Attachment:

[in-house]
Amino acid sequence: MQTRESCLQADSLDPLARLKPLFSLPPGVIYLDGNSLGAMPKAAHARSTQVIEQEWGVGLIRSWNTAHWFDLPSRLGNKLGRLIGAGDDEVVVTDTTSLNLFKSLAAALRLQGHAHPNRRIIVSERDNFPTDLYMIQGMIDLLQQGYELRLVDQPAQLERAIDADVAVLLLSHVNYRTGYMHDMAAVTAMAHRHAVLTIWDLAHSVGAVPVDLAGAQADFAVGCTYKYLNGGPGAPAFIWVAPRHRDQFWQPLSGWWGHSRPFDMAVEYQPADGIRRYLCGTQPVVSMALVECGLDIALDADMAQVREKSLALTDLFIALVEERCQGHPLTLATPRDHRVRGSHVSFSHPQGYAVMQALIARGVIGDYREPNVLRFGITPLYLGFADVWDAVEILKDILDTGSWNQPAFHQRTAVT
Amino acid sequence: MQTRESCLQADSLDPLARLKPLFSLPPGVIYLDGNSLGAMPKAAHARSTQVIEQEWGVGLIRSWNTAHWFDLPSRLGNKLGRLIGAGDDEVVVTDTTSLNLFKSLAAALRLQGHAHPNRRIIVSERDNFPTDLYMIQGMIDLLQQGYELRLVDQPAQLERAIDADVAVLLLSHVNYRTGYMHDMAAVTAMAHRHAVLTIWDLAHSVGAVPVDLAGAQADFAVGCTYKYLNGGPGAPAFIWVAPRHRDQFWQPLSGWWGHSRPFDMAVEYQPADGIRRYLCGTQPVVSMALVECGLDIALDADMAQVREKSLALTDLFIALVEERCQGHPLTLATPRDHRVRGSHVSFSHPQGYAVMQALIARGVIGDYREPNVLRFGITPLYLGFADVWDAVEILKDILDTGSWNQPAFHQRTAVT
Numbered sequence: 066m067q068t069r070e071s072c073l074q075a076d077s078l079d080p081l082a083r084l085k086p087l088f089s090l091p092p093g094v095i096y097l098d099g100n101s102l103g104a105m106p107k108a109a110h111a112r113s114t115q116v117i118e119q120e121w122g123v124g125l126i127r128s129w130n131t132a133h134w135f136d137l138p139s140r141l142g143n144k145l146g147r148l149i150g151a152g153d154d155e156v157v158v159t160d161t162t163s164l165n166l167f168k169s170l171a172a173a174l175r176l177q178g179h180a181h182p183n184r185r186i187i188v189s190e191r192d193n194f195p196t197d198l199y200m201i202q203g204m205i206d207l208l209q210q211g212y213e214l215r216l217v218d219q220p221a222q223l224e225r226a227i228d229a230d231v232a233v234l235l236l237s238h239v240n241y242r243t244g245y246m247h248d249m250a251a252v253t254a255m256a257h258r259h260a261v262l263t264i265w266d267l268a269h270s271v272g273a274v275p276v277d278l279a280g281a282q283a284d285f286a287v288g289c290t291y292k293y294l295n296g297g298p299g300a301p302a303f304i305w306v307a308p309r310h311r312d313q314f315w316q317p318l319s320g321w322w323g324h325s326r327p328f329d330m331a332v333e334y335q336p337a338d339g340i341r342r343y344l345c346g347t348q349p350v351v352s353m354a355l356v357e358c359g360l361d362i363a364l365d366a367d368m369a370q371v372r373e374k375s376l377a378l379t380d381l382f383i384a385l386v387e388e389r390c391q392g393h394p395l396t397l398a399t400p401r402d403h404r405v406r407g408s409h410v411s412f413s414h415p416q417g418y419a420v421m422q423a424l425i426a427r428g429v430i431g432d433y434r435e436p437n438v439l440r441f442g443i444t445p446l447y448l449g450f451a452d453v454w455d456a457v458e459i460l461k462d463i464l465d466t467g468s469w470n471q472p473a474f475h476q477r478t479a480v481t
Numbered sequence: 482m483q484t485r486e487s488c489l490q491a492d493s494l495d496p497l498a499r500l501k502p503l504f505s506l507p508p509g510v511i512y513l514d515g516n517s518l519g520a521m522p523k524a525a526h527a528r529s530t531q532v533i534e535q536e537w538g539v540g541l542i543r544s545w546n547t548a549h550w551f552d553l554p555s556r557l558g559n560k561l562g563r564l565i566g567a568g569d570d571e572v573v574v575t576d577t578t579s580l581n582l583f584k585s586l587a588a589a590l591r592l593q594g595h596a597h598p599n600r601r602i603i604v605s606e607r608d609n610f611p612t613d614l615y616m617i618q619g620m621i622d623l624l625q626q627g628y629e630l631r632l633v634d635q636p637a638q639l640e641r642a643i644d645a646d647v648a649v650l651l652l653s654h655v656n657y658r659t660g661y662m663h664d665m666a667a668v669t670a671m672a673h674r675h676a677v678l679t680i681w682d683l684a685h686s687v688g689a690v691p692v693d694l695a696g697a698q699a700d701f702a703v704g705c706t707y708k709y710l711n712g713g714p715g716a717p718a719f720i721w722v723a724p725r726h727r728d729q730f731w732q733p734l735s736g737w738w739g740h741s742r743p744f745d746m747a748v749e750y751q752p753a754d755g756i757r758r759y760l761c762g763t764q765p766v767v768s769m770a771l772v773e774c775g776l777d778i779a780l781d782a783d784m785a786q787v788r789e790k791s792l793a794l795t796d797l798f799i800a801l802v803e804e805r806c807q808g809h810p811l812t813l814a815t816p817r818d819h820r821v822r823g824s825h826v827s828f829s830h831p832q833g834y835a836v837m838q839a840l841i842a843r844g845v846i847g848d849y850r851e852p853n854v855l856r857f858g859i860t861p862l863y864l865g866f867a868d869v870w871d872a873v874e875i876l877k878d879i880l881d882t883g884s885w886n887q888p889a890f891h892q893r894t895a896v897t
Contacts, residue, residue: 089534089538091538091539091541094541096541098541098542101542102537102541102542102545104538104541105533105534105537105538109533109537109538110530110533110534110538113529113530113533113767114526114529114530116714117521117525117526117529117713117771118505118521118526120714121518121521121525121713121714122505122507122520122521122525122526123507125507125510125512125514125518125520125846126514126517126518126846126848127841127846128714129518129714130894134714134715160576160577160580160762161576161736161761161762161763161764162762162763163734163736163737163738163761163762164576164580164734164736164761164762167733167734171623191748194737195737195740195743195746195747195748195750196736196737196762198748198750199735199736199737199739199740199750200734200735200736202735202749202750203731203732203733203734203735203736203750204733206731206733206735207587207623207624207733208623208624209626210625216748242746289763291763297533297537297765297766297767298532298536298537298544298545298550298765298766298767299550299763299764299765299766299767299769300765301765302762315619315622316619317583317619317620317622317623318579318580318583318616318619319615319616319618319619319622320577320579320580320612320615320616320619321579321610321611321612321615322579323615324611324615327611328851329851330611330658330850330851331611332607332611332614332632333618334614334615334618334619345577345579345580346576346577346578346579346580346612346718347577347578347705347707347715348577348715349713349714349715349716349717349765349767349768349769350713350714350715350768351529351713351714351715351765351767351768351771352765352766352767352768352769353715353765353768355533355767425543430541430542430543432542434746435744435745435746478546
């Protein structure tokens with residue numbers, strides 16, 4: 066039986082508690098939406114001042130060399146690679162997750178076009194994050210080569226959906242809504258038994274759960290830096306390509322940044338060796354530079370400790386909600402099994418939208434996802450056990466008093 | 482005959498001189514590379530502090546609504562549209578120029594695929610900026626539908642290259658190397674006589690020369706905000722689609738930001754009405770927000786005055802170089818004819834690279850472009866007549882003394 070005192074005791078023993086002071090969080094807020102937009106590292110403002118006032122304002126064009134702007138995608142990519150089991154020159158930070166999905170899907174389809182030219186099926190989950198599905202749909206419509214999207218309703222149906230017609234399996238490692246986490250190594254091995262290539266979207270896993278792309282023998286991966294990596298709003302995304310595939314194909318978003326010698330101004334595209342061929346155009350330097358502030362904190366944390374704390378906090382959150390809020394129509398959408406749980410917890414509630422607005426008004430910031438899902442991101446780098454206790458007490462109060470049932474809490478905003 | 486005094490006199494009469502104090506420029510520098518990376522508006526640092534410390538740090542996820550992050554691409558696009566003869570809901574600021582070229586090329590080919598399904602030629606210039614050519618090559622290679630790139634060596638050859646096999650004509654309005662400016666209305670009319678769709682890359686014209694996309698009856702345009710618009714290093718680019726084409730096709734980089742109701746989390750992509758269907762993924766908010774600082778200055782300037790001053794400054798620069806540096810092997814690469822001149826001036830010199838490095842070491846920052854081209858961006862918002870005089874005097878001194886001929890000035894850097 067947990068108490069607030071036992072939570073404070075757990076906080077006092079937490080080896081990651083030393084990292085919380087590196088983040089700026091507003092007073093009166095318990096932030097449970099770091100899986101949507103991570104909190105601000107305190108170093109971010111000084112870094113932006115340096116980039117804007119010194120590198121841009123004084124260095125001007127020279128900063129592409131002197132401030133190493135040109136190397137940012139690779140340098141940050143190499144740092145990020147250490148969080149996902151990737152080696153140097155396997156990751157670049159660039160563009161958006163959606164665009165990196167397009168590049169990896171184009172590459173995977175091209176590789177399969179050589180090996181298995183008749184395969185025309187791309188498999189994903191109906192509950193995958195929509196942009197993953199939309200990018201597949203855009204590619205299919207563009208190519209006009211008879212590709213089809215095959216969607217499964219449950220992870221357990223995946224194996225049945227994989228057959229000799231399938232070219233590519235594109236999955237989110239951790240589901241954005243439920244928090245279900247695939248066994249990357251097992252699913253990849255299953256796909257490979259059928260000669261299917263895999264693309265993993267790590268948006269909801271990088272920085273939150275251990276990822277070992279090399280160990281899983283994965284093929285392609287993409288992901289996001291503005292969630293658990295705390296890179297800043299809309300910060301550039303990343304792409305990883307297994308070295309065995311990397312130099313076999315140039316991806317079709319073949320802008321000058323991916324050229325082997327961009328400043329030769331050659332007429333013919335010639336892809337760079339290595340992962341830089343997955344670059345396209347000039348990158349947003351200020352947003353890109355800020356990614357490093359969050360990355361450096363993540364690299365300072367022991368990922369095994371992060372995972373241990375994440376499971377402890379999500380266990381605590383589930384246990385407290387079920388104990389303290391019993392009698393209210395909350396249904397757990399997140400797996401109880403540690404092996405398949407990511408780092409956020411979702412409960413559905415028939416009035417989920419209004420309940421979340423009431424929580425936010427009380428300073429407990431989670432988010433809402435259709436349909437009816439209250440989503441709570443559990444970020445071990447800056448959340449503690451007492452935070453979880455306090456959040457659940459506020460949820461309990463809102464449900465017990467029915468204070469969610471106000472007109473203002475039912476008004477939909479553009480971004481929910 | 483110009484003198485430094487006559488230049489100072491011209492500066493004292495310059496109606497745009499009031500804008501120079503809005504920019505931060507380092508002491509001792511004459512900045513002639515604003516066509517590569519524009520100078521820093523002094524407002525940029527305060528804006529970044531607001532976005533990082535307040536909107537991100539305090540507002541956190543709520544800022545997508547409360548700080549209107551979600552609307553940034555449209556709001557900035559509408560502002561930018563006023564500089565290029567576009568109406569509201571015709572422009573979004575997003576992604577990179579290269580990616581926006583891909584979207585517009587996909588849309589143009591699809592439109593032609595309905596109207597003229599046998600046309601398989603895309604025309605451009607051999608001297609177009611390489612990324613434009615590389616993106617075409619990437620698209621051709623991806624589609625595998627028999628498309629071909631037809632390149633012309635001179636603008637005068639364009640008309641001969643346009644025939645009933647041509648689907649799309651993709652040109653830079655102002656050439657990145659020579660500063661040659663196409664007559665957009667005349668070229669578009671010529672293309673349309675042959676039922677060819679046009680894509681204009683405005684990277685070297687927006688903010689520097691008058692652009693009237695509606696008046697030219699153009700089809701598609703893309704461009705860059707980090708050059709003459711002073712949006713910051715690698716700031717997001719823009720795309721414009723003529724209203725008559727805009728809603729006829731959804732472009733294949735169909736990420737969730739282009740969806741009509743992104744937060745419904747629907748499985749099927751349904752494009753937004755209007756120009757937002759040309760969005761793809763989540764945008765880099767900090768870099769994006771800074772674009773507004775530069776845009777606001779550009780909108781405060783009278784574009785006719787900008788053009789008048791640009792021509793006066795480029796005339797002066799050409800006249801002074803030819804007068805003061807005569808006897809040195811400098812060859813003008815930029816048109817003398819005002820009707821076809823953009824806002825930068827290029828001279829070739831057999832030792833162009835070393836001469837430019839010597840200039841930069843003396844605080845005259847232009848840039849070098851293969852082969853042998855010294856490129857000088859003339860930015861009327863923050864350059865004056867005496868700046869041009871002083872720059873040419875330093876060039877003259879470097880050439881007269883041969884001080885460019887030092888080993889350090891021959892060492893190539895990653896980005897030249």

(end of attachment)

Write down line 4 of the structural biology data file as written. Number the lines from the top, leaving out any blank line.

Numbered sequence: 066m067q068t069r070e071s072c073l074q075a076d077s078l079d080p081l082a083r084l085k086p087l088f089s090l091p092p093g094v095i096y097l098d099g100n101s102l103g104a105m106p107k108a109a110h111a112r113s114t115q116v117i118e119q120e121w122g123v124g125l126i127r128s129w130n131t132a133h134w135f136d137l138p139s140r141l142g143n144k145l146g147r148l149i150g151a152g153d154d155e156v157v158v159t160d161t162t163s164l165n166l167f168k169s170l171a172a173a174l175r176l177q178g179h180a181h182p183n184r185r186i187i188v189s190e191r192d193n194f195p196t197d198l199y200m201i202q203g204m205i206d207l208l209q210q211g212y213e214l215r216l217v218d219q220p221a222q223l224e225r226a227i228d229a230d231v232a233v234l235l236l237s238h239v240n241y242r243t244g245y246m247h248d249m250a251a252v253t254a255m256a257h258r259h260a261v262l263t264i265w266d267l268a269h270s271v272g273a274v275p276v277d278l279a280g281a282q283a284d285f286a287v288g289c290t291y292k293y294l295n296g297g298p299g300a301p302a303f304i305w306v307a308p309r310h311r312d313q314f315w316q317p318l319s320g321w322w323g324h325s326r327p328f329d330m331a332v333e334y335q336p337a338d339g340i341r342r343y344l345c346g347t348q349p350v351v352s353m354a355l356v357e358c359g360l361d362i363a364l365d366a367d368m369a370q371v372r373e374k375s376l377a378l379t380d381l382f383i384a385l386v387e388e389r390c391q392g393h394p395l396t397l398a399t400p401r402d403h404r405v406r407g408s409h410v411s412f413s414h415p416q417g418y419a420v421m422q423a424l425i426a427r428g429v430i431g432d433y434r435e436p437n438v439l440r441f442g443i444t445p446l447y448l449g450f451a452d453v454w455d456a457v458e459i460l461k462d463i464l465d466t467g468s469w470n471q472p473a474f475h476q477r478t479a480v481t